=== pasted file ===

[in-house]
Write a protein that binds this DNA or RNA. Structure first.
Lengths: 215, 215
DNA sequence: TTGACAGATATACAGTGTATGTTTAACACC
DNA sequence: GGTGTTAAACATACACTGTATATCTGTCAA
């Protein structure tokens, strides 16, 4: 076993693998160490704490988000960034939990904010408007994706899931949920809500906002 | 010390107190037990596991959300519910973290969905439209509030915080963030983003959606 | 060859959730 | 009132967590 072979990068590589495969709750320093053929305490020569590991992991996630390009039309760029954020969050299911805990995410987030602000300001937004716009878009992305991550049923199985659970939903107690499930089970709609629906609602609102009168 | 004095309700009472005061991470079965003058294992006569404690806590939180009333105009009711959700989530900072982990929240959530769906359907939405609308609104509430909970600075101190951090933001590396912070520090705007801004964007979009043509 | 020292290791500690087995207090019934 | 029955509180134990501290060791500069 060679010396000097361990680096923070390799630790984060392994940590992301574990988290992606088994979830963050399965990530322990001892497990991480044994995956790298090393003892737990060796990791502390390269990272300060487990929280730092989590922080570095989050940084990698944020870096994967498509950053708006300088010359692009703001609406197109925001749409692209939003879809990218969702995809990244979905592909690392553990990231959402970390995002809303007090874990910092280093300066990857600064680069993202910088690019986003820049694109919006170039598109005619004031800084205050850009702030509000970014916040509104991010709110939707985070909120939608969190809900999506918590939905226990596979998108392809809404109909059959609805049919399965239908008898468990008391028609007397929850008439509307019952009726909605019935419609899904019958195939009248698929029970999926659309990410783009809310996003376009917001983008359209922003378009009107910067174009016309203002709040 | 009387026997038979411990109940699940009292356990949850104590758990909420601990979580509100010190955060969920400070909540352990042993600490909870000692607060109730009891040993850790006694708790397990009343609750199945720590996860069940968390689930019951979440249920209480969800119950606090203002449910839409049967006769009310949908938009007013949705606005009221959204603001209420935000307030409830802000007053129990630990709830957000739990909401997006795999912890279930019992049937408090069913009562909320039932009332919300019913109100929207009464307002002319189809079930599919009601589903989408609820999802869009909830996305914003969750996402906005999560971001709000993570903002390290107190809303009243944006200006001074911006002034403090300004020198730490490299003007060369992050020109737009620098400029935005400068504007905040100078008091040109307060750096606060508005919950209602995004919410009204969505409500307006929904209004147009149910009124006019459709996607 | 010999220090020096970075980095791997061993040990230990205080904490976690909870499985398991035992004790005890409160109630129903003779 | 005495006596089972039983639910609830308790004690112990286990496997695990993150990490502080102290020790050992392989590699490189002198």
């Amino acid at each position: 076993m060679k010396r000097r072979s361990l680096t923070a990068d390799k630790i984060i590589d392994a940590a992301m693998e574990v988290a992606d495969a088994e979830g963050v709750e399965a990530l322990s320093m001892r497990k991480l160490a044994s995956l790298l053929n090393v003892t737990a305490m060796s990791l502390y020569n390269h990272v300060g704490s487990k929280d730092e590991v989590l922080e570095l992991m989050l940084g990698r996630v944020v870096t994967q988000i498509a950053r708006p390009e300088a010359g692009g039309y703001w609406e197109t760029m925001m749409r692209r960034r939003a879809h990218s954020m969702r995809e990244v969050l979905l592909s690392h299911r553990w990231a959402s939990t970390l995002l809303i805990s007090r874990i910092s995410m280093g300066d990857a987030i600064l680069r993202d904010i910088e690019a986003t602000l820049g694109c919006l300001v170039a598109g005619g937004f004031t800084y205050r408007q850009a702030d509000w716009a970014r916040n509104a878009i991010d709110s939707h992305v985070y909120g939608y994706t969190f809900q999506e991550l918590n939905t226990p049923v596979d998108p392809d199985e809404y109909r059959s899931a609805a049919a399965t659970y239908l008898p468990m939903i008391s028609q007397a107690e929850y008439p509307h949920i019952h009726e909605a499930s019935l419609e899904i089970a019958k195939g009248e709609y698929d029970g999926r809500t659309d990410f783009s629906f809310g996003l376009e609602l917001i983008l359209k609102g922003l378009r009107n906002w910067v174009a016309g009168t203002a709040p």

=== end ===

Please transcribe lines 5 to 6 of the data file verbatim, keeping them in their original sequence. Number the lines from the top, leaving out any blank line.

DNA sequence: GGTGTTAAACATACACTGTATATCTGTCAA
């Protein structure tokens, strides 16, 4: 076993693998160490704490988000960034939990904010408007994706899931949920809500906002 | 010390107190037990596991959300519910973290969905439209509030915080963030983003959606 | 060859959730 | 009132967590 072979990068590589495969709750320093053929305490020569590991992991996630390009039309760029954020969050299911805990995410987030602000300001937004716009878009992305991550049923199985659970939903107690499930089970709609629906609602609102009168 | 004095309700009472005061991470079965003058294992006569404690806590939180009333105009009711959700989530900072982990929240959530769906359907939405609308609104509430909970600075101190951090933001590396912070520090705007801004964007979009043509 | 020292290791500690087995207090019934 | 029955509180134990501290060791500069 060679010396000097361990680096923070390799630790984060392994940590992301574990988290992606088994979830963050399965990530322990001892497990991480044994995956790298090393003892737990060796990791502390390269990272300060487990929280730092989590922080570095989050940084990698944020870096994967498509950053708006300088010359692009703001609406197109925001749409692209939003879809990218969702995809990244979905592909690392553990990231959402970390995002809303007090874990910092280093300066990857600064680069993202910088690019986003820049694109919006170039598109005619004031800084205050850009702030509000970014916040509104991010709110939707985070909120939608969190809900999506918590939905226990596979998108392809809404109909059959609805049919399965239908008898468990008391028609007397929850008439509307019952009726909605019935419609899904019958195939009248698929029970999926659309990410783009809310996003376009917001983008359209922003378009009107910067174009016309203002709040 | 009387026997038979411990109940699940009292356990949850104590758990909420601990979580509100010190955060969920400070909540352990042993600490909870000692607060109730009891040993850790006694708790397990009343609750199945720590996860069940968390689930019951979440249920209480969800119950606090203002449910839409049967006769009310949908938009007013949705606005009221959204603001209420935000307030409830802000007053129990630990709830957000739990909401997006795999912890279930019992049937408090069913009562909320039932009332919300019913109100929207009464307002002319189809079930599919009601589903989408609820999802869009909830996305914003969750996402906005999560971001709000993570903002390290107190809303009243944006200006001074911006002034403090300004020198730490490299003007060369992050020109737009620098400029935005400068504007905040100078008091040109307060750096606060508005919950209602995004919410009204969505409500307006929904209004147009149910009124006019459709996607 | 010999220090020096970075980095791997061993040990230990205080904490976690909870499985398991035992004790005890409160109630129903003779 | 005495006596089972039983639910609830308790004690112990286990496997695990993150990490502080102290020790050992392989590699490189002198």